Feel good about your information and become a local news champion today

Mayor Gondek supports Alberta Municipalities’ call for more provincial infrastructure cash

Calgary’s mayor is joining the call of other Alberta municipalities for the provincial government to up funding to cities given the pressures of inflation and population growth.

The Alberta Municipalities (AM), the group that works with elected officials and administration from villages, cities and towns in the province, has put forth a resolution for their Sept. 27 to 29 conference in Edmonton that would advocate for increased cash for infrastructure.

Resolution E2 advocates for greater funding for municipalities across Alberta. In the AM resolution, it states that infrastructure funding for cities in Alberta was $420 per capita in 2011, will hit a low of $151 per person in 2023/24, with a rise expected in 2024/25 to $181 per capita.

“Alberta Municipalities advocate for the Government of Alberta to restore municipal infrastructure funding to an adequate level by setting the new Local Government Fiscal Framework Capital funding program at a starting amount of $1.75 billion when the program begins in 2024,” the resolution reads.

Calgary Mayor Jyoti Gondek said this has been an ongoing conversation for years. As cash for cities slipped over the years, the calls for help grew louder.

“I think it’s just come to a head now, because the situation is getting incredibly dire. Municipalities are taking on the responsibility to deliver in on things like housing, and mental health support and public safety and those are traditionally not areas that we should be funding on our own,” the mayor said Tuesday.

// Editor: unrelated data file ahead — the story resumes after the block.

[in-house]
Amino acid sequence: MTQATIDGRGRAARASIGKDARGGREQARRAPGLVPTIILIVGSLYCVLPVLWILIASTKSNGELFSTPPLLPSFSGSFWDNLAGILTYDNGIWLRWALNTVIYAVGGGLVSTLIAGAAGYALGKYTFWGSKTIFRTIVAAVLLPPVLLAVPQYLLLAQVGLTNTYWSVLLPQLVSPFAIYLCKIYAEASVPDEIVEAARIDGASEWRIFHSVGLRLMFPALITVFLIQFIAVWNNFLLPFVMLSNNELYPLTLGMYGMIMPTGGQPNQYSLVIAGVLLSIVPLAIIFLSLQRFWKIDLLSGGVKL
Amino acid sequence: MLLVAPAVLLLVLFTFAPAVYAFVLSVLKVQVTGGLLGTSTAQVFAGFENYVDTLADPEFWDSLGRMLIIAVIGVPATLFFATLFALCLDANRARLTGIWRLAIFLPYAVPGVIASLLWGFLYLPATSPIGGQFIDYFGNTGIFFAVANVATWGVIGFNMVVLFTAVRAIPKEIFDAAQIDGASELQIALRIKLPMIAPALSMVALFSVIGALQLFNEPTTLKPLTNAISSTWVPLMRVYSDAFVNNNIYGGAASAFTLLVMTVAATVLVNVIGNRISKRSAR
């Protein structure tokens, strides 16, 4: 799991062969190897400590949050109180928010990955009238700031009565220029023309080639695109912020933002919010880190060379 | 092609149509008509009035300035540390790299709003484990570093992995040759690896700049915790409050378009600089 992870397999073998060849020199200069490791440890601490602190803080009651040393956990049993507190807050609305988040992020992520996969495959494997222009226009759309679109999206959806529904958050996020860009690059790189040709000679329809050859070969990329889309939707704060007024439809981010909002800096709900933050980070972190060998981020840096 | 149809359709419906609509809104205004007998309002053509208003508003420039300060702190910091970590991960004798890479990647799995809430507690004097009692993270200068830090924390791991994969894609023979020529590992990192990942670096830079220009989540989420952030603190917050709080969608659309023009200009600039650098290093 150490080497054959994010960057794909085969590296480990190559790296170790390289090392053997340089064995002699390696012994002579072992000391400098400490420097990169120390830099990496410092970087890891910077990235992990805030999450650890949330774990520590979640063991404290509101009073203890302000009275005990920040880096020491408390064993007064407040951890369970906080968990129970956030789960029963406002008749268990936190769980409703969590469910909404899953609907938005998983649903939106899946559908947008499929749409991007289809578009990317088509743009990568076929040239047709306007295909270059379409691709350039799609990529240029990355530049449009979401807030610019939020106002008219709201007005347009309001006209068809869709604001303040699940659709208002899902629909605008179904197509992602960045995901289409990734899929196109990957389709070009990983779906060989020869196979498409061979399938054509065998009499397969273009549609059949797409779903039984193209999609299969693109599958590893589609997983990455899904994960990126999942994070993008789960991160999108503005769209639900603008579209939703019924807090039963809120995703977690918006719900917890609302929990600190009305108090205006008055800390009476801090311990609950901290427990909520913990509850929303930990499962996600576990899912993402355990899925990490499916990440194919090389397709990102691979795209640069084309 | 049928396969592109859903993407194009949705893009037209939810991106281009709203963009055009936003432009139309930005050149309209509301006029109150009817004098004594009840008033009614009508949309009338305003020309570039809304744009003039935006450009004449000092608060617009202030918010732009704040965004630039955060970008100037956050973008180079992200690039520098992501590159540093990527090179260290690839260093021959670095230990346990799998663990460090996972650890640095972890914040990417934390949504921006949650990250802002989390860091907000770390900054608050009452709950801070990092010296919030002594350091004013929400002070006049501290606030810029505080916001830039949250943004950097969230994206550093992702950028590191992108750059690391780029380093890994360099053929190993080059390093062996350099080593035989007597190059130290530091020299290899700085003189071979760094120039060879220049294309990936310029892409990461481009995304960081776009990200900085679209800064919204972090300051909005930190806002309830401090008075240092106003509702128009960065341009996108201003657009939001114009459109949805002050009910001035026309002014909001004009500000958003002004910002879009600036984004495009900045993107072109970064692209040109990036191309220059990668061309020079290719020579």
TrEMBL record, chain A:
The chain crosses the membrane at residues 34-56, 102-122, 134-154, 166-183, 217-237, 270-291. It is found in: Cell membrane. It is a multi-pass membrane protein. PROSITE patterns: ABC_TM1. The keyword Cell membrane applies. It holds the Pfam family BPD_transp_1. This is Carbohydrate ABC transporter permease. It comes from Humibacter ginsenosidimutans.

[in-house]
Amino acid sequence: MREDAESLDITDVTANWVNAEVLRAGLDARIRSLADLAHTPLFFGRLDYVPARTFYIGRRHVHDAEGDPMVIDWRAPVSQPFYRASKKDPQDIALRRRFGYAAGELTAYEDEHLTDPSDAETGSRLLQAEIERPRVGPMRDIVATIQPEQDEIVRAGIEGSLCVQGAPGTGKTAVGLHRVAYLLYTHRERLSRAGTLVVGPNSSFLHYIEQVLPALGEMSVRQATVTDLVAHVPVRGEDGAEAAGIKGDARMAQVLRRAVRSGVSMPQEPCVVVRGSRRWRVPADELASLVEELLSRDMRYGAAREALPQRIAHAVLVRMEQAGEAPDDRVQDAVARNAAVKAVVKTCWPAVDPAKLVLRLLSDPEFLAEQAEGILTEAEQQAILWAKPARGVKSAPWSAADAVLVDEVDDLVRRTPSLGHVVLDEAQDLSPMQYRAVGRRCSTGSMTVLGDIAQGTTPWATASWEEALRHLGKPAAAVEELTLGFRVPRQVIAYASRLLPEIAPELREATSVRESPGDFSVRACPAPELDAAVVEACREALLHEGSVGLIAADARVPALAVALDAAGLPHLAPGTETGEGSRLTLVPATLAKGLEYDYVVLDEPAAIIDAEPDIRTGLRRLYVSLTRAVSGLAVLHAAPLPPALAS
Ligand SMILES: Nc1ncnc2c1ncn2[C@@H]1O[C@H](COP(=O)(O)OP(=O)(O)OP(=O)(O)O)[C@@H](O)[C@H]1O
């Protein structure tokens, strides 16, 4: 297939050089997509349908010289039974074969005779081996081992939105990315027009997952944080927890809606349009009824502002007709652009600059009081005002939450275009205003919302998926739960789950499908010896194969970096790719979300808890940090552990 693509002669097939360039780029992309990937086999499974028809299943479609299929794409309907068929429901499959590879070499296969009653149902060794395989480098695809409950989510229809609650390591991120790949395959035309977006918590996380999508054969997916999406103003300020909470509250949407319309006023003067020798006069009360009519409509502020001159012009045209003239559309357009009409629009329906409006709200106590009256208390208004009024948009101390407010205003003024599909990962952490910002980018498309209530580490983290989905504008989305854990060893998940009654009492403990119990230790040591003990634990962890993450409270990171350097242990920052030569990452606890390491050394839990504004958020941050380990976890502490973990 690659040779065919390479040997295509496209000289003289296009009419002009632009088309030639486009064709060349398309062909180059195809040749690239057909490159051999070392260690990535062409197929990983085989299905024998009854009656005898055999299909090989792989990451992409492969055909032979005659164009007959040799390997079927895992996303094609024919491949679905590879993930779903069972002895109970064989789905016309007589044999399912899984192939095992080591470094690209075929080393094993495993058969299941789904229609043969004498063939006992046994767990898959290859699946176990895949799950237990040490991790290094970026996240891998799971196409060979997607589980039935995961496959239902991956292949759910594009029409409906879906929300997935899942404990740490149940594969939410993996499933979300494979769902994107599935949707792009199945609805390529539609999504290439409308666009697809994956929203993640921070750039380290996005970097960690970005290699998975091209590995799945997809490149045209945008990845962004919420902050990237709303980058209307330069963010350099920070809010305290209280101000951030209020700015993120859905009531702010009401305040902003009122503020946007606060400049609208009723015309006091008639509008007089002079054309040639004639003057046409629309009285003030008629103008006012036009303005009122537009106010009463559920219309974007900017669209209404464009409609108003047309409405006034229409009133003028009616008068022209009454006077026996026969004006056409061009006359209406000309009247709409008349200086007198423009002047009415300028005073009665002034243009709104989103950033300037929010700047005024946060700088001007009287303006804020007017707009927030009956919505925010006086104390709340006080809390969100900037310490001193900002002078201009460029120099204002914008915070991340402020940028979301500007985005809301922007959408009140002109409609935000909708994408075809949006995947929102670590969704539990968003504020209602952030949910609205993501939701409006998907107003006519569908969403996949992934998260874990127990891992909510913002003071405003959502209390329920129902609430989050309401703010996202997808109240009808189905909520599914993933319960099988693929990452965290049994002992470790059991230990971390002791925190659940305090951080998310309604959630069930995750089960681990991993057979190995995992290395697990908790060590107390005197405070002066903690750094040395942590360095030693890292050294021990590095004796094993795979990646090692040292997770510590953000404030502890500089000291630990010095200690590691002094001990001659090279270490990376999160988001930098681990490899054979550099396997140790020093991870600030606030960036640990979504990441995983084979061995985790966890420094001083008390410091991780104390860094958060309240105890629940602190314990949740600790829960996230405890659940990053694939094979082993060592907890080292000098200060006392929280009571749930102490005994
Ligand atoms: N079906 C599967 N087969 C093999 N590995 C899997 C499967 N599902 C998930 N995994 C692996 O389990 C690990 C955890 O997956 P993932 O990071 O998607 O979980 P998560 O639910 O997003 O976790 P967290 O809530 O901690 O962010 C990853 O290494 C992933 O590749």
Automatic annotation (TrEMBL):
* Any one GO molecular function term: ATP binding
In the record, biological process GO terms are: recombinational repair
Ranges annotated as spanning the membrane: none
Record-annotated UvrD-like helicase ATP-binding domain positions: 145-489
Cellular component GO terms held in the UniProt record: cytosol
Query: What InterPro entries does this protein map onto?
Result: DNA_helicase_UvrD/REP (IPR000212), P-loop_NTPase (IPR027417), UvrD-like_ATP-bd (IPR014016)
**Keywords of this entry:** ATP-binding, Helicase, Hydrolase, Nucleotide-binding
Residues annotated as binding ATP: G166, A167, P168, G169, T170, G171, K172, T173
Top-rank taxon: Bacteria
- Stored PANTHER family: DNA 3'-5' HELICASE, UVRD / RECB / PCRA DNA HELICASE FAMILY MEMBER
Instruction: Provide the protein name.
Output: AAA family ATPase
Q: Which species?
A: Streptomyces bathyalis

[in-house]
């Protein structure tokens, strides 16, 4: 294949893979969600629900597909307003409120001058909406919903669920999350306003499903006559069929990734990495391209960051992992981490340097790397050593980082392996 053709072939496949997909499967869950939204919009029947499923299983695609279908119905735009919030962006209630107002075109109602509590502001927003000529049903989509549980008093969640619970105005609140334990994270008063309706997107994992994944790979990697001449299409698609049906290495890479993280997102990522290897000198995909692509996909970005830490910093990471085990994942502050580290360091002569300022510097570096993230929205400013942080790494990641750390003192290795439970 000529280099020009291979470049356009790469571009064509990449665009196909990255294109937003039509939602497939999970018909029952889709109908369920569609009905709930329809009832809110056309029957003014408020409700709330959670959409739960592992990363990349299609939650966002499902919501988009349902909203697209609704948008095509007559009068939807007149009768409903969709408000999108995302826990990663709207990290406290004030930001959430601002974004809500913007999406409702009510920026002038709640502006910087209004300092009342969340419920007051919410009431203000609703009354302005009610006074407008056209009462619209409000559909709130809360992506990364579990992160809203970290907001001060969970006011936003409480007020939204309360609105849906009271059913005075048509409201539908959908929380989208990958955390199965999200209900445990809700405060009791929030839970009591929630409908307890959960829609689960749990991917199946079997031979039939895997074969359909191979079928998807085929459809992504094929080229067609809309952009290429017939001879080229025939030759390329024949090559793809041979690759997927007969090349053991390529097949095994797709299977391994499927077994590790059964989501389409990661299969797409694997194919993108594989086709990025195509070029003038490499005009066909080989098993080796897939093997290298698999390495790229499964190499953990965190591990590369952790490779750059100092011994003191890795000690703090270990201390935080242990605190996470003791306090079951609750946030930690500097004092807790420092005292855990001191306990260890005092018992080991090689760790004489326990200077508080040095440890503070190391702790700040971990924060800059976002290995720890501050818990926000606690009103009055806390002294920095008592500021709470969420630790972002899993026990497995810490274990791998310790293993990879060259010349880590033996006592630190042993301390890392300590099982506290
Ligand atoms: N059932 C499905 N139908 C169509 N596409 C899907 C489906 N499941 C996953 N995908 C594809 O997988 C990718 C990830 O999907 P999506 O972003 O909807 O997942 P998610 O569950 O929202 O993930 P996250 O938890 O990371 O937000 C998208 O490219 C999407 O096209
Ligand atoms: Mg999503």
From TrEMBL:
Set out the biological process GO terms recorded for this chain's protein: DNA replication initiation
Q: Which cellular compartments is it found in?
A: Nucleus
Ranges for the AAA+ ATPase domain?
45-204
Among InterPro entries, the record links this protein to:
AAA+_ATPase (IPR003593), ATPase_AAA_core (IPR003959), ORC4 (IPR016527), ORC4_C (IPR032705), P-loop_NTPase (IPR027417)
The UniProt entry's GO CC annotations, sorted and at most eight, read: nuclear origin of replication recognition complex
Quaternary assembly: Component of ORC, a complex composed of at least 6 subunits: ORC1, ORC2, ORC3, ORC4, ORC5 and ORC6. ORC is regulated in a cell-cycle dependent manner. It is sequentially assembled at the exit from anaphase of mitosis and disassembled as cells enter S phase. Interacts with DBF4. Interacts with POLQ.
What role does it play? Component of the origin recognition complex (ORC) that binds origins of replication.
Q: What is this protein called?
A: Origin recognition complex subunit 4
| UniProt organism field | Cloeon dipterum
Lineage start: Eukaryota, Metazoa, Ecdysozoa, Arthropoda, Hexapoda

“We are now putting out a plea across the country and across the province: We need some help.”

Alberta Municipalities graphic showing the percentage of municipal funding as a percentage of overall provincial expenditures. SOURCE AM RESOLUTIONS

Working with the province

The AM resolution uses the province’s own population projections to help make its case. They said the population has grown by roughly 1.8 per cent annually over the past 12 years.  That’s changed as a greater emphasis has been put on driving people to the province to fill jobs and bolster the economy.

Population growth between July 2022 and July 2023 was pegged at 3.5 per cent. For the full year 2023, the Government of Alberta estimated population growth at roughly 4.4 per cent.

The new Local Government Fiscal Framework capital program (LGFF) (replacing the old Municipal Sustainability Initiative, or MSI) funding formula will allocate roughly $722 million for 2024. The AM said that’s about 36 per cent below the historical funding average for cities.

When the province announced the new framework in March, they changed the LGFF Revenue Index Factor from 50 per cent to 100 per cent. That means that annual capital funding will rise or fall by the exact same percentage as provincial revenues from the three years prior.

“The 50 per cent revenue index factor was meant to provide stability in municipal funding in a resource-based economy,” said then-Minister of Municipal Affairs, Rebecca Schulz, at the time.  

“However, municipalities said that they wanted full partnership – in good times and in bad – and we’ve listened. This will mean a 12.6 per cent increase in funding for the second year of the new formula.”

In 2025/26 the total fund is expected to grow to $813 million, the province said. That’s less than half of what the AM is calling for.

Mayor Gondek said that additional cash could go to a myriad of unfunded infrastructure projects in Calgary.

“There’s a lot of different things that are on our unfunded list that we could move forward with to better serve Calgarians if we had proper funding,” she said.

“Alberta municipalities is raising the red flag and saying there’s simply not enough in the pot to be shared amongst Alberta municipalities.”

The mayor said they’ve had ongoing conversations with the province and while current Municipal Affairs Minister Ric McIver has told the city that’s the money that’s available, she believes he’s open to data-driven decisions on funding.